Suffolk Chemistry Major Catches a WAVE
Last spring, Breno Silva, Class of 2022, was urged by Suffolk Chemistry and Biochemistry Professor Denyce Wicht to get out of the classroom — and even away from the East Coast — for the summer.
She saw an opportunity for one of her hardest-working students to apply for the prestigious WAVE Fellows Program at the California Institute of Technology, an initiative that aims to foster diversity by increasing the participation of underrepresented students in science and engineering Ph.D. programs.
Wicht’s advocacy for career readiness is nothing new to her students, in fact she is “always looking to help students with opportunities like this,” says Silva. “I was excited right away … I knew it would be good for my growth as a scientist.”
He was overjoyed to be accepted, and during his stay in Pasadena this summer, Silva conducted research in the lab of Professor Ryan Hadt at Caltech’s Division of Chemistry and Chemical Engineering. Their research focused on nickel-based compounds that act as catalysts to make new molecules, which have promising benefits in the industrial, medical, and pharmaceutical fields.
Silva describes his WAVE Fellows participation as “one of the highlights of my college experience.” “This program was very rewarding, helped me to grow, and do something that I love,” he says. “It also allowed me to meet a lot of people that shared the same interests as me.”
Silva also had a chance to work alongside many graduate students in Prof. Hadt’s office, and said it has been a boon to his senior year as an undergraduate. “I learned a lot of skills that are helping me now in the research I’m doing at Suffolk,” he says.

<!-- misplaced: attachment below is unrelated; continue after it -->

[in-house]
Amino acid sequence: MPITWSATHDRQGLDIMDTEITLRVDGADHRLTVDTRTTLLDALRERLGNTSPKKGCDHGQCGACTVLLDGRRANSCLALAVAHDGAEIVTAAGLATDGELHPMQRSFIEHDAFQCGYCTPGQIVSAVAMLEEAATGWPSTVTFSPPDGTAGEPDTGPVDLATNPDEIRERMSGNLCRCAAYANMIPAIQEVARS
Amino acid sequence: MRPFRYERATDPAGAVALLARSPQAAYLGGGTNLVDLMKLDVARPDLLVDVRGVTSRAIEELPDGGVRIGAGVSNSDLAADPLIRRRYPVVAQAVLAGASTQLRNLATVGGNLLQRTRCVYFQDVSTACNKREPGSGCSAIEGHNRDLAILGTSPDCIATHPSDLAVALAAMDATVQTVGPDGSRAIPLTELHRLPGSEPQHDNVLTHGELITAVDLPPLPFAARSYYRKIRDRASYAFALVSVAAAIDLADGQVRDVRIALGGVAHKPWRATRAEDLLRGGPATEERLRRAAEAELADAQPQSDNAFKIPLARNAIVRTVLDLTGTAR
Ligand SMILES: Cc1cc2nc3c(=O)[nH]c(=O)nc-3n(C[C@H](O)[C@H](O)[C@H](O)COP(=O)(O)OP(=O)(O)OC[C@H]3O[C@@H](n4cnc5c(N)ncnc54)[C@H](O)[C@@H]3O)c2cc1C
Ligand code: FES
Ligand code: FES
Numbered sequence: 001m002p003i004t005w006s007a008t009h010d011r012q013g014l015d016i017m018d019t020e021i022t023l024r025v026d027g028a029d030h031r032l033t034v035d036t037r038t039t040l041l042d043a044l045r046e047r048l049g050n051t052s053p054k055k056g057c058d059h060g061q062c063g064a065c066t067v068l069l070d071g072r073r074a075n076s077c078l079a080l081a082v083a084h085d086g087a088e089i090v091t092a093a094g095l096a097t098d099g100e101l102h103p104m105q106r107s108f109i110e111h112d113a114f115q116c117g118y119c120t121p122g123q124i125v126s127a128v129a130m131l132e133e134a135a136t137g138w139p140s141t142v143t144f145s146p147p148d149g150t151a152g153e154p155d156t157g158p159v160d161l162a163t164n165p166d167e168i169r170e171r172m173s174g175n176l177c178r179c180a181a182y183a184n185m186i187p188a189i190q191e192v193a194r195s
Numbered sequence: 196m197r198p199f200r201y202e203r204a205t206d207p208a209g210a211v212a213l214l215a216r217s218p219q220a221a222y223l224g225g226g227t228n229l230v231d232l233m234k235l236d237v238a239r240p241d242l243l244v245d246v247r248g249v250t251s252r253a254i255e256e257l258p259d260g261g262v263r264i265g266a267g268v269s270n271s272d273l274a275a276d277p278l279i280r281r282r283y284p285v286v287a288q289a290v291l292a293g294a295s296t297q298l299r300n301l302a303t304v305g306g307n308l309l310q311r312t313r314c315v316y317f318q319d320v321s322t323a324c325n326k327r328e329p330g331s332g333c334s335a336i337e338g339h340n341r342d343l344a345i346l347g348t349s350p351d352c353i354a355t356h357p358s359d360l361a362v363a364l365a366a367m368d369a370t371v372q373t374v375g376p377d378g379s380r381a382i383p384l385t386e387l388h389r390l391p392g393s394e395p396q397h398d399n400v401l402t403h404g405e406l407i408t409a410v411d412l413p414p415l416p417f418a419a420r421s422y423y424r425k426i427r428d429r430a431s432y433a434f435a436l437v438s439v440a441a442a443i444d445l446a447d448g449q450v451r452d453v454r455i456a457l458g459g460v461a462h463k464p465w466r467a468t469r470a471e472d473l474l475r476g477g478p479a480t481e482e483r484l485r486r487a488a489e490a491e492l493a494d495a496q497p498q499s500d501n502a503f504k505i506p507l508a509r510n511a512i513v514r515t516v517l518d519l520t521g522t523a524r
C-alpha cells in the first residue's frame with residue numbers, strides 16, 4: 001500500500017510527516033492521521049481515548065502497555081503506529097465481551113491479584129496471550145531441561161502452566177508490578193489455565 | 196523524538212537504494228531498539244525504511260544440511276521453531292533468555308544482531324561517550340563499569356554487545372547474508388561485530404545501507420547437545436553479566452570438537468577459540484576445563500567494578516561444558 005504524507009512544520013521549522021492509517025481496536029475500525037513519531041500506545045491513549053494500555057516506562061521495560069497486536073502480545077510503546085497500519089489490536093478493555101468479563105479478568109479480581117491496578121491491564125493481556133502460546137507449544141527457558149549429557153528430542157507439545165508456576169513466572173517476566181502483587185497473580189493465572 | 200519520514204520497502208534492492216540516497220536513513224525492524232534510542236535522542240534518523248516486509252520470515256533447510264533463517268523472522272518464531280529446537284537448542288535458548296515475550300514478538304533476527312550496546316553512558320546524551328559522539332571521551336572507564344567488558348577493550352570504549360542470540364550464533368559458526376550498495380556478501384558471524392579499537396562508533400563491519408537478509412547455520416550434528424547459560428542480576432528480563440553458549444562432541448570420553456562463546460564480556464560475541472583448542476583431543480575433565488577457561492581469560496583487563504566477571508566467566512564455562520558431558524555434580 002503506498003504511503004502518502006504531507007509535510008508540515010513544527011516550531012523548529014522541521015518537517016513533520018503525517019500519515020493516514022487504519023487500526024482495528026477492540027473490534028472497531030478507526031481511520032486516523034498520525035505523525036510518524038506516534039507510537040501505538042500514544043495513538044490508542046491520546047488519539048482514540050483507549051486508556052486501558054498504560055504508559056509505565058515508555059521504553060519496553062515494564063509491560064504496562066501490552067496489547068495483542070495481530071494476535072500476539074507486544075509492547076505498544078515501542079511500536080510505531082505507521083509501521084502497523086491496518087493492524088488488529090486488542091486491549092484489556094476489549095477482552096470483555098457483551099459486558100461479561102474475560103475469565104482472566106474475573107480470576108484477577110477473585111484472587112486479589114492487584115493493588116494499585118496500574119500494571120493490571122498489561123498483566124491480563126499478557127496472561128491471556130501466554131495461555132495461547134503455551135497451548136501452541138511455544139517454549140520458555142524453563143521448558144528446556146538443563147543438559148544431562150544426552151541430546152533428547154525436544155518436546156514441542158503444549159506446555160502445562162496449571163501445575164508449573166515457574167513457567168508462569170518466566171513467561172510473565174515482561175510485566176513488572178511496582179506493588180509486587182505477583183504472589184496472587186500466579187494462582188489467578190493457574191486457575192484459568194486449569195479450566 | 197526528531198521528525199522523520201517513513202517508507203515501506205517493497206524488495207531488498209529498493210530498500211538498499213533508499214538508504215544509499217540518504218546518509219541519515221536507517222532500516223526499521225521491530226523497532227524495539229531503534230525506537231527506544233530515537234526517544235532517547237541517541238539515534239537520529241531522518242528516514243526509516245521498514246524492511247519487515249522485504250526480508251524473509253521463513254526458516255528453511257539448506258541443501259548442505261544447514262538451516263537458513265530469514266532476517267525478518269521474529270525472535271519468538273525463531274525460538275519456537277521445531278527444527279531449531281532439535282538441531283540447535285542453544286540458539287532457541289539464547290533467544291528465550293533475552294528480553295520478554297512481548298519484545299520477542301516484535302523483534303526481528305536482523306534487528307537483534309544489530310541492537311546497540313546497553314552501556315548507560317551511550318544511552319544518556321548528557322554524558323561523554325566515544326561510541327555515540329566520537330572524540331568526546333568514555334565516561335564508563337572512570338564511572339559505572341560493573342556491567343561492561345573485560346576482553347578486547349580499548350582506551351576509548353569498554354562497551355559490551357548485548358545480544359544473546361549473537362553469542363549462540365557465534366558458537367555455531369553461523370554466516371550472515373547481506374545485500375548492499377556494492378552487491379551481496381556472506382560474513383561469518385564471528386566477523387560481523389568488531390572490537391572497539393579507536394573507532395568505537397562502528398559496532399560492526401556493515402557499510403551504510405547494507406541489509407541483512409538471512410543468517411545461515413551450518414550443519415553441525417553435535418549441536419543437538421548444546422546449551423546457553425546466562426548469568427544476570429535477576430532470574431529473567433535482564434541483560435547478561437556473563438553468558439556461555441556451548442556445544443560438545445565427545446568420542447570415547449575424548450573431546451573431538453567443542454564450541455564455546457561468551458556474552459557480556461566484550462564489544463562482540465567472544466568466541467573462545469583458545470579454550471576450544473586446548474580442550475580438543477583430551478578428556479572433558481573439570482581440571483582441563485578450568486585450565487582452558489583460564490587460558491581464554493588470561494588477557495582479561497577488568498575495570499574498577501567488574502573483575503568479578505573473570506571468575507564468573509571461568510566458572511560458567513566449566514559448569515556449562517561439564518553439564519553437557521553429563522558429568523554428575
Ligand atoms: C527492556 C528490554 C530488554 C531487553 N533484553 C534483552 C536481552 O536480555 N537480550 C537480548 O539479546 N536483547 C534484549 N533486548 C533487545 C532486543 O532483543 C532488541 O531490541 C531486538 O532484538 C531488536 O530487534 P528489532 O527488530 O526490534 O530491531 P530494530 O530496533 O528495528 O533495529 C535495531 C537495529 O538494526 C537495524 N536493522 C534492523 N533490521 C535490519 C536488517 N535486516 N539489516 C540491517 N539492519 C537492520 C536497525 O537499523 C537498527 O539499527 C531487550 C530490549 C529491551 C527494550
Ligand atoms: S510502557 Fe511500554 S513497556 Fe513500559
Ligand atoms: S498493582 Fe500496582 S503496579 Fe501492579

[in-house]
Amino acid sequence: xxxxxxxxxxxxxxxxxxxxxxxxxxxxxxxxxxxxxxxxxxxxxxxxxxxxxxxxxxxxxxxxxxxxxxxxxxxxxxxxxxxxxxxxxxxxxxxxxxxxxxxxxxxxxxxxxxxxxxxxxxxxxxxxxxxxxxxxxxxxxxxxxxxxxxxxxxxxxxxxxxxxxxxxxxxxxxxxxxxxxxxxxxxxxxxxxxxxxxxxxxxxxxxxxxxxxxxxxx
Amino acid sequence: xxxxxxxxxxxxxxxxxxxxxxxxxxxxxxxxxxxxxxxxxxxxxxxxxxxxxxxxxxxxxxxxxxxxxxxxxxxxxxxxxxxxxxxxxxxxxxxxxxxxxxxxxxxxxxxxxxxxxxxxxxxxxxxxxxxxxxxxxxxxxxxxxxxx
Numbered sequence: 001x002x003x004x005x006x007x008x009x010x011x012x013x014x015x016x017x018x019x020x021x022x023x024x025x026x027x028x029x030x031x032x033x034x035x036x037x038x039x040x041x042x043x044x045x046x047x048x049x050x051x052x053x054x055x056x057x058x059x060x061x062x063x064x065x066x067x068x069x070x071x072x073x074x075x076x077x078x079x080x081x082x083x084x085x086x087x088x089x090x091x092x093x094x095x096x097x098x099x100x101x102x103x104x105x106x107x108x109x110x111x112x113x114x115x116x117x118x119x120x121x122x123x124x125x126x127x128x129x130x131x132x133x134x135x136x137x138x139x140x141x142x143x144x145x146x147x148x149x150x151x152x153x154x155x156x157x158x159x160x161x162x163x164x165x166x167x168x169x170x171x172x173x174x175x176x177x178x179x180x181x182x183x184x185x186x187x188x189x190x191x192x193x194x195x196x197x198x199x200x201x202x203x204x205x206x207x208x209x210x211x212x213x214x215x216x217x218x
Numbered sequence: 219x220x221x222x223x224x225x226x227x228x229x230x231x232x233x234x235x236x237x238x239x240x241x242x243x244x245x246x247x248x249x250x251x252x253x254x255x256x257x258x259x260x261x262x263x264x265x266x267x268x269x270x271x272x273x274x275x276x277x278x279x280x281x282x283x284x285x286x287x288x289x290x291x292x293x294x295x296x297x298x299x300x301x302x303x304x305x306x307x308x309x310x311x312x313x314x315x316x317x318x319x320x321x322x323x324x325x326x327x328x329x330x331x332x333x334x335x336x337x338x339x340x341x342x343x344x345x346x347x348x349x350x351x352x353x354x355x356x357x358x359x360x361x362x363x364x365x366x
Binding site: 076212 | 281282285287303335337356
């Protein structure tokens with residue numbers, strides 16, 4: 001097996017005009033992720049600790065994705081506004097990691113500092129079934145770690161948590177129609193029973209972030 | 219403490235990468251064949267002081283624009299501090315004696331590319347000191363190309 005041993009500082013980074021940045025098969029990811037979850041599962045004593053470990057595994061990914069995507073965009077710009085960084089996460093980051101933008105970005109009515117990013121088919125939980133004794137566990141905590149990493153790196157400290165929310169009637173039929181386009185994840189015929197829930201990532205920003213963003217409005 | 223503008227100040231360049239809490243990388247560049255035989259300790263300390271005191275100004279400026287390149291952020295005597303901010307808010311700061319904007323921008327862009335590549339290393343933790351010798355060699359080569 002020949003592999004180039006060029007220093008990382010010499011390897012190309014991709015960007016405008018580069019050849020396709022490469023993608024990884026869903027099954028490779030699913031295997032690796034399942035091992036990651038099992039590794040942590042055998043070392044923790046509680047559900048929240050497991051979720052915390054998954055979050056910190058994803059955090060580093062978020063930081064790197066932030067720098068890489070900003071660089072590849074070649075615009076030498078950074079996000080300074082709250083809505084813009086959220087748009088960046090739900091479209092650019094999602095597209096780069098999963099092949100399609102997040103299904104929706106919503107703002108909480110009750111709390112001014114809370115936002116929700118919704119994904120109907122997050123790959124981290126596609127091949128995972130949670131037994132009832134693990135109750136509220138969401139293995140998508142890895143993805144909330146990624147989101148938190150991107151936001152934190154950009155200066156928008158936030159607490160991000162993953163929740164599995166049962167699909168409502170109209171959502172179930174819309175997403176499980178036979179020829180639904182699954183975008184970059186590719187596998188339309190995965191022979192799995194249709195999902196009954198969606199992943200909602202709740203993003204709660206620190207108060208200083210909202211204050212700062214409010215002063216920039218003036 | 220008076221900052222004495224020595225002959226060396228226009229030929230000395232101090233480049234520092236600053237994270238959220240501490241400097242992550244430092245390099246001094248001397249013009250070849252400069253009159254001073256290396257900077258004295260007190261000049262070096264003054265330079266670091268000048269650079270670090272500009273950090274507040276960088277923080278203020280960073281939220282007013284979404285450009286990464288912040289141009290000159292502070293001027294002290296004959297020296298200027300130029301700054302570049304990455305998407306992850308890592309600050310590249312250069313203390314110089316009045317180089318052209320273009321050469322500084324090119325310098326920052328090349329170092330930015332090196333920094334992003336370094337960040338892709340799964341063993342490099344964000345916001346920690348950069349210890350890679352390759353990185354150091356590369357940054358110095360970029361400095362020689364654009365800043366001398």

Back on campus and thriving
Silva has hopes of continuing his studies in graduate school, with a long-term goal to do research focused on environmental science and inorganic chemistry. “I want to contribute knowledge that will make the world a better place,” he says.
Currently Silva is thriving in his senior year at Suffolk, where he is treasurer of the University’s chapter of the American Chemical Society, a national organization. In addition, he is a peer tutor in three disciplines — chemistry, math, and writing — and a tutor mentor for the Center for Learning & Academic Success.
He is also a McNair Scholar. Founded in memory of the late Challenger astronaut and laser physicist Dr. Ronald E. McNair, the McNair Scholars Program helps first-generation and low-income students overcome the educational, financial, and social barriers that can make graduate school seem like an unattainable goal.
To cap off his senior year in the lab, Silva is working on a research project with his Suffolk mentor, Professor Wicht, examining how soil bacteria enzymatically produce inorganic sulfur to synthesize biomolecules that are necessary for life.
“Breno is mature, professional, and well-organized; characteristics consistent with a high-functioning experimental scientist,” said Wicht. “The peer review process is what moves science forward, and Breno has a unique ability to process feedback and use it to redesign his experimental approach in order to strengthen his chemical conclusions.”
“These have been the most rewarding and unforgettable years of my life,” says Silva. “I am very grateful for all the opportunities made possible through Suffolk and for its crucial role in my professional and personal growth.”